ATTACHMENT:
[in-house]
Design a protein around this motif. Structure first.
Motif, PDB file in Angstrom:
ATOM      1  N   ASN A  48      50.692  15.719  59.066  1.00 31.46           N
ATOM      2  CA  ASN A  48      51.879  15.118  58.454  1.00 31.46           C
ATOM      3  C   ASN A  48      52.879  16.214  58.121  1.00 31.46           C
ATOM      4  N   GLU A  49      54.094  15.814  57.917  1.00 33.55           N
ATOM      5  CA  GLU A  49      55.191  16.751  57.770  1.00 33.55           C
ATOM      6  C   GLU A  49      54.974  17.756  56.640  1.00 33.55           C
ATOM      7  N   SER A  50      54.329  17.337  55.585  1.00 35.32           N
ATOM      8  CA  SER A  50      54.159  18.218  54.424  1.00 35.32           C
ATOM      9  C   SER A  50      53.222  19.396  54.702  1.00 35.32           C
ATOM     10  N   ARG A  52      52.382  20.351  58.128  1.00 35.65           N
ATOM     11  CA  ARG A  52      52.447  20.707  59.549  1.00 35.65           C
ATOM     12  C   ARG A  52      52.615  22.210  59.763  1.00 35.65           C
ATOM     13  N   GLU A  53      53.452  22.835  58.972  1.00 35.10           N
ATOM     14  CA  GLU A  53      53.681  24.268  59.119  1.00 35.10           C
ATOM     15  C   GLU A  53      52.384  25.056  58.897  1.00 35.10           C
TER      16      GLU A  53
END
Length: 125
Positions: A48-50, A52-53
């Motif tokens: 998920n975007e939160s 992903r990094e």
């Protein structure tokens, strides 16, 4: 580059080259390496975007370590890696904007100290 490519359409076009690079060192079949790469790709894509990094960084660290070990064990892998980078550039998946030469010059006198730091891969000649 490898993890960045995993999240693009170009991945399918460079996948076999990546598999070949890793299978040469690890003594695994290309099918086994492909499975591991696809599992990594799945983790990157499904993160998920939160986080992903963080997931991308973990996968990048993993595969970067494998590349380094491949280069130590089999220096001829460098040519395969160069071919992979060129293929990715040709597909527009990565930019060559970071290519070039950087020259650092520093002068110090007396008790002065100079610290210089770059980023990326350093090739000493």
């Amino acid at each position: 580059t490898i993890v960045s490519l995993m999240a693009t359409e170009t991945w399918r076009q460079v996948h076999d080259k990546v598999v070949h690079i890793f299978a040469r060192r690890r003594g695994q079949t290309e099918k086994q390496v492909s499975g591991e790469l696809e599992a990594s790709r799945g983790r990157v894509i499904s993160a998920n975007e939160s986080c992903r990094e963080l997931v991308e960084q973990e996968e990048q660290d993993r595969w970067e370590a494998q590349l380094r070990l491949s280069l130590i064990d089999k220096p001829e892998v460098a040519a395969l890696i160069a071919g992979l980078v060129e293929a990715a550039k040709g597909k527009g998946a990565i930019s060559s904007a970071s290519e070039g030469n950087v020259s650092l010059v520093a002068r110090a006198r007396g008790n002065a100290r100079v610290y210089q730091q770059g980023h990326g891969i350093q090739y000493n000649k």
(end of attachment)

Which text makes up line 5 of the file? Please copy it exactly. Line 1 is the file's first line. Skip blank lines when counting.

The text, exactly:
ATOM      2  CA  ASN A  48      51.879  15.118  58.454  1.00 31.46           C